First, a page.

How to Grill Like a Chef
Pro summer grilling tips from one of Toronto’s top BBQ chefs.
Whether your preference is for steaks, burgers or veggie kebabs, it’s not officially summer until you fire up the barbecue. We asked Kris Hansen, Executive Chef at The Carbon Bar in Toronto, for his best advice on how to get grilling right every time.
What's your favourite cut for the grill this summer?
Flat steaks all the way! In the heat of the summer, bigger steaks are not always better. They can be heavy and hard to digest, especially without salads. I love marinating flank and skirt steaks—skirt steaks only need to marinate for a couple of hours whereas flanks are great overnight. Remember though, using vinegar or citrus in your marinade can toughen the meat if left too long. The hanger steak can be seasoned and grilled like a regular steak, it just tends to have three sides rather than two.
What is a common mistake home chefs make when grilling, and how do you correct it?
I would say the most common mistake is that home chefs will sauce their meat too early, causing the sugars to burn black. If you want more flavour, add spices or rubs before the meat goes on the grill and only sauce at the very end. It is also very important to not flip the meat too often. Once or twice is enough, I say to my chefs "If it sticks, not ready for flips.”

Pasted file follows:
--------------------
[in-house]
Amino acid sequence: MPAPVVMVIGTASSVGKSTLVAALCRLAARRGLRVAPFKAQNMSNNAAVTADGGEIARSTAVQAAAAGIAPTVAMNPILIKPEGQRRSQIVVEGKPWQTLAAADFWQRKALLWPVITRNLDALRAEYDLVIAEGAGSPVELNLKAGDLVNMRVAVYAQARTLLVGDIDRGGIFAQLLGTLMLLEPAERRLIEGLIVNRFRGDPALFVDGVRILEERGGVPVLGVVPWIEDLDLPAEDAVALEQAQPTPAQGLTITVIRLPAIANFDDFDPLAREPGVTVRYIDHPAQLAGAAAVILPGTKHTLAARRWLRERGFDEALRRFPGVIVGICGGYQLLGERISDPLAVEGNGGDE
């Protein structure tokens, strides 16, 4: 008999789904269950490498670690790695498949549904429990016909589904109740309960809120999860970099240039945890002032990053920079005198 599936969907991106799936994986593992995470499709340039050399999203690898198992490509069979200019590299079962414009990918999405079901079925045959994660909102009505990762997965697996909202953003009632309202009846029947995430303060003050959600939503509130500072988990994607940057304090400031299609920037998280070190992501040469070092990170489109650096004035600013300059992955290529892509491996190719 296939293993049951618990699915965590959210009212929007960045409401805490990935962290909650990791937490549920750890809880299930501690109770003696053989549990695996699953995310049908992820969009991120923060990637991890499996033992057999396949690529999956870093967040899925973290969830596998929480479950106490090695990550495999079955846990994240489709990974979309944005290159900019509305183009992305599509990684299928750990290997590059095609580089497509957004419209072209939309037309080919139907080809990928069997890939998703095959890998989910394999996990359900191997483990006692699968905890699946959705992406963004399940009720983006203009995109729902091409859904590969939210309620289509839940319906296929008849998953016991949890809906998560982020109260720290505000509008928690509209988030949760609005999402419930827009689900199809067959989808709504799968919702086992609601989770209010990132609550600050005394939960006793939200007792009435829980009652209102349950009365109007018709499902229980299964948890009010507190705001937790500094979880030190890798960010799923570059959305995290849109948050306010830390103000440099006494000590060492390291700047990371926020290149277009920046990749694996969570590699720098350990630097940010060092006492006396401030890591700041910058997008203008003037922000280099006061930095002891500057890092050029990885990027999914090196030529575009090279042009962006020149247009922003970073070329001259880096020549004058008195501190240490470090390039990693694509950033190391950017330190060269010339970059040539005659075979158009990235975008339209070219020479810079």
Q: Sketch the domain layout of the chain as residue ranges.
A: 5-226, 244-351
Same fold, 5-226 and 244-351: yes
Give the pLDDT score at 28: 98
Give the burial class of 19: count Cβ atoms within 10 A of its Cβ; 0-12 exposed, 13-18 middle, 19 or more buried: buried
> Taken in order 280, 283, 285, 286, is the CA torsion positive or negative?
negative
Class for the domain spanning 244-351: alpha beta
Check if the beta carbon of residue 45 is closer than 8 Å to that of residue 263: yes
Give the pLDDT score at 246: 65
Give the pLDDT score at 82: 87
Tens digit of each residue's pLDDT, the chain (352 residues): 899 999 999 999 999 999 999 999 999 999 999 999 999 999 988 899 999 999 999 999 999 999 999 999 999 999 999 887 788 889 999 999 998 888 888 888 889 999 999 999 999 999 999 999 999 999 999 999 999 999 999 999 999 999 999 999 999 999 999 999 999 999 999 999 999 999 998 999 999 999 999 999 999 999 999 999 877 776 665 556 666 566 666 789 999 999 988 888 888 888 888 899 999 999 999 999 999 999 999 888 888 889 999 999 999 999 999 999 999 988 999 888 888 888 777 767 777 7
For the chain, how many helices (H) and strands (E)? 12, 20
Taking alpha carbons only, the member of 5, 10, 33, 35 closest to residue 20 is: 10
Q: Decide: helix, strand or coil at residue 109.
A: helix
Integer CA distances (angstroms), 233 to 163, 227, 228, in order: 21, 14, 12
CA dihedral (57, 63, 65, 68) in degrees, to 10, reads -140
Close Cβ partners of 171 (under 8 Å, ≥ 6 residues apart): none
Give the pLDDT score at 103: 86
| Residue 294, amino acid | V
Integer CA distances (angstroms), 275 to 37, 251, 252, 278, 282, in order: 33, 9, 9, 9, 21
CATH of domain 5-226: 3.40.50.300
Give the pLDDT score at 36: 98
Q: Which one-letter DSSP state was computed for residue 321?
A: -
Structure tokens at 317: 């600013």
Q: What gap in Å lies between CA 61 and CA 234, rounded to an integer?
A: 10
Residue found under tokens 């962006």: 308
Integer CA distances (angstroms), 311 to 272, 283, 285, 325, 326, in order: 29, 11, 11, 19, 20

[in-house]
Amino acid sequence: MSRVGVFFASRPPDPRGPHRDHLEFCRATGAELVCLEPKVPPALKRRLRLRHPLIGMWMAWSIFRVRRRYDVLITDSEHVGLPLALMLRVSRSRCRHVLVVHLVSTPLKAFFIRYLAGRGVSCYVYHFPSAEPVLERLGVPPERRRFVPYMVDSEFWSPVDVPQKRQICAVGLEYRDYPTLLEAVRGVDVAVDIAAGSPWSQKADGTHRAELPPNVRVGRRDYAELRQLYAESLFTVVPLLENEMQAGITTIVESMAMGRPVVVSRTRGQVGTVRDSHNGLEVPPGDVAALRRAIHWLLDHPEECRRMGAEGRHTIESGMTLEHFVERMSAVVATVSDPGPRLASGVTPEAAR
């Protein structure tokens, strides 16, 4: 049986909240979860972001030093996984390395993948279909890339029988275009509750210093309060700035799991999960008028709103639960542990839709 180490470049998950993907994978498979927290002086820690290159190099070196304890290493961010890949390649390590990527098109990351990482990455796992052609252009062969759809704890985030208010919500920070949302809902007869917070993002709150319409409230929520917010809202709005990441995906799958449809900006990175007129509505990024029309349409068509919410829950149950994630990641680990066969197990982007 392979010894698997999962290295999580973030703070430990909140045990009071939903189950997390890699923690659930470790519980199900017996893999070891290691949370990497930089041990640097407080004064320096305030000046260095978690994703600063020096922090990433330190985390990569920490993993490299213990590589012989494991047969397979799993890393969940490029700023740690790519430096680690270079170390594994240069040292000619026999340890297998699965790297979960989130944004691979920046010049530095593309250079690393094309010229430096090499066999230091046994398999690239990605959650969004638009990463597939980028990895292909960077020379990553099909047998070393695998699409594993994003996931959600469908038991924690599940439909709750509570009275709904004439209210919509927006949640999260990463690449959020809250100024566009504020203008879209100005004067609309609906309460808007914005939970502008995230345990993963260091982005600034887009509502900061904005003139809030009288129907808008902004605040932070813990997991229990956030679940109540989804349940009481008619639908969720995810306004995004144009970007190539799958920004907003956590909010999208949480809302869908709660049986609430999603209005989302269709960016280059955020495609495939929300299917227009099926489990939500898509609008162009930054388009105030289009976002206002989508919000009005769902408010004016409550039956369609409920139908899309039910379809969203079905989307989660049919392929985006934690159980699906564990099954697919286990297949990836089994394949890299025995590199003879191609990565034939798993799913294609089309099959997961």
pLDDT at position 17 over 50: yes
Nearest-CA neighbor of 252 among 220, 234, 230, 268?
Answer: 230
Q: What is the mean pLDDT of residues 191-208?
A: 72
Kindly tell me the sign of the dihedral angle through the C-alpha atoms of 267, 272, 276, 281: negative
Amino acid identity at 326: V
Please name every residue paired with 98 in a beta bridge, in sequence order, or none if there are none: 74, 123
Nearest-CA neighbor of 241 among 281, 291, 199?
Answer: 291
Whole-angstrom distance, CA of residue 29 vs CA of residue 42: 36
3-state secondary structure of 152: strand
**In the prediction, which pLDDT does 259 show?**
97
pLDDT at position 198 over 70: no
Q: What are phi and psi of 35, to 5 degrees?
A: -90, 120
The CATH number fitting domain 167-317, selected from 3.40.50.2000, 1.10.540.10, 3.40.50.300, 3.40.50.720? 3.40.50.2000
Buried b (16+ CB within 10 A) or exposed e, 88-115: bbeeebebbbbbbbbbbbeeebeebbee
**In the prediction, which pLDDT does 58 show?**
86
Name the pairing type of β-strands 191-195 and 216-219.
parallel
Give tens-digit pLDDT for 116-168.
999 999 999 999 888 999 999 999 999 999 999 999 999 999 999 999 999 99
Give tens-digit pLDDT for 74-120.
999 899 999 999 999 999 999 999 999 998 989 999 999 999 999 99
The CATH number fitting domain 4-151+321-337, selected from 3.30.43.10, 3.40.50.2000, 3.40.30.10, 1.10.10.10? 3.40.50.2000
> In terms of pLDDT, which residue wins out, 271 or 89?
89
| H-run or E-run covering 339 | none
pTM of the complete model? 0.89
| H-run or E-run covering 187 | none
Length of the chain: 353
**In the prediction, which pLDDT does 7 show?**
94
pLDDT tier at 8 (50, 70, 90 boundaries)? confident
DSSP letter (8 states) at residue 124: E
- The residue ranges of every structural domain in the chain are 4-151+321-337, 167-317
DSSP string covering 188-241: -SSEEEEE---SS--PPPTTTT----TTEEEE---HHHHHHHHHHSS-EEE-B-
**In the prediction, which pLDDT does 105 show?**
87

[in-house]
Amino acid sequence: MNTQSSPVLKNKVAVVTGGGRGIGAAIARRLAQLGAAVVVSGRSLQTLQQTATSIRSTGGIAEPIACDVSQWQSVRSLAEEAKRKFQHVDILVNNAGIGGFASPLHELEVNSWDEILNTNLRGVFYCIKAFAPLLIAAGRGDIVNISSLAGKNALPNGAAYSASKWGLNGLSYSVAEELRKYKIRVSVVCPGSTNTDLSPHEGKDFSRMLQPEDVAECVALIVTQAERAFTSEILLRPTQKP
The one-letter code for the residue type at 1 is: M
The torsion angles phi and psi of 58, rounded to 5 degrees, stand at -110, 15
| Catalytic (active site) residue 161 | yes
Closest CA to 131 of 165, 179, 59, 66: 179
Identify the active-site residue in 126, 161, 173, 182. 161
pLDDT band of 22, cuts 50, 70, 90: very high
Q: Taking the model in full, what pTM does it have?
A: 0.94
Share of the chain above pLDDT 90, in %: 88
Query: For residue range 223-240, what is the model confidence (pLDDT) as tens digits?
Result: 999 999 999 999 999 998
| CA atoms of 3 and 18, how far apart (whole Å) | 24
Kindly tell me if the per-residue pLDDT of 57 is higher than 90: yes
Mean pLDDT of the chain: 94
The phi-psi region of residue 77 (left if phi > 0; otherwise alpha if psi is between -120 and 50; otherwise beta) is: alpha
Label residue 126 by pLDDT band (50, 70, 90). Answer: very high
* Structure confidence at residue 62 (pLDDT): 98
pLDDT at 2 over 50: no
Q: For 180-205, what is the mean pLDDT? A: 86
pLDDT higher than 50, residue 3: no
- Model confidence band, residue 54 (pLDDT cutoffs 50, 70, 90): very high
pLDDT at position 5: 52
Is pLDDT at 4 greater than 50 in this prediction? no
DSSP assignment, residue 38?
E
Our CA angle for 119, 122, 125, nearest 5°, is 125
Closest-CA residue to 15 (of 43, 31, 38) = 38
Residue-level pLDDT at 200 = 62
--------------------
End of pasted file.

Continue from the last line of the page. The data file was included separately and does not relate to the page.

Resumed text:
What's one thing professional chefs know about grilling that most home cooks don't?
Temperature and doneness. The correlation between numerical temperatures and how people order steaks (rare to well-done) is an exact science. Using a digital thermometer, you can guarantee the proper cook every time. Also, remember to rest the meat after you take it off the grill, otherwise, all your juices will bleed out when you cut into it.
Dry rub, marinade, or sauce?
Actually, all of the above! It all depends on what cut of meat you are using and what you are most comfortable grilling. The Carbon Bar is all about dry rubs first followed by sauce, again, it ensures maximum flavour with minimal burning.
Gas, charcoal briquettes or hardwood?
Gas is what chefs use in most restaurants because it allows the natural flavour of the meat to come through. We use hardwood at The Carbon Bar, which is perfect for smoking tougher meats over long periods of time. Charcoal briquettes are probably the most difficult to use as they can create inconsistent heat, but they do give an incredibly unique flavour to meats. The smell of the smoke always reminds me of barbecuing at the cottage.
While dining in is on hold for the moment––our friends at The Carbon Bar are currently offering pick-up for those in the Toronto area.
Jeremy Freed is a Toronto-based freelance journalist. His writing about menswear, travel, design and sustainability appears in Sharp, GQ, the Globe and Mail and many more.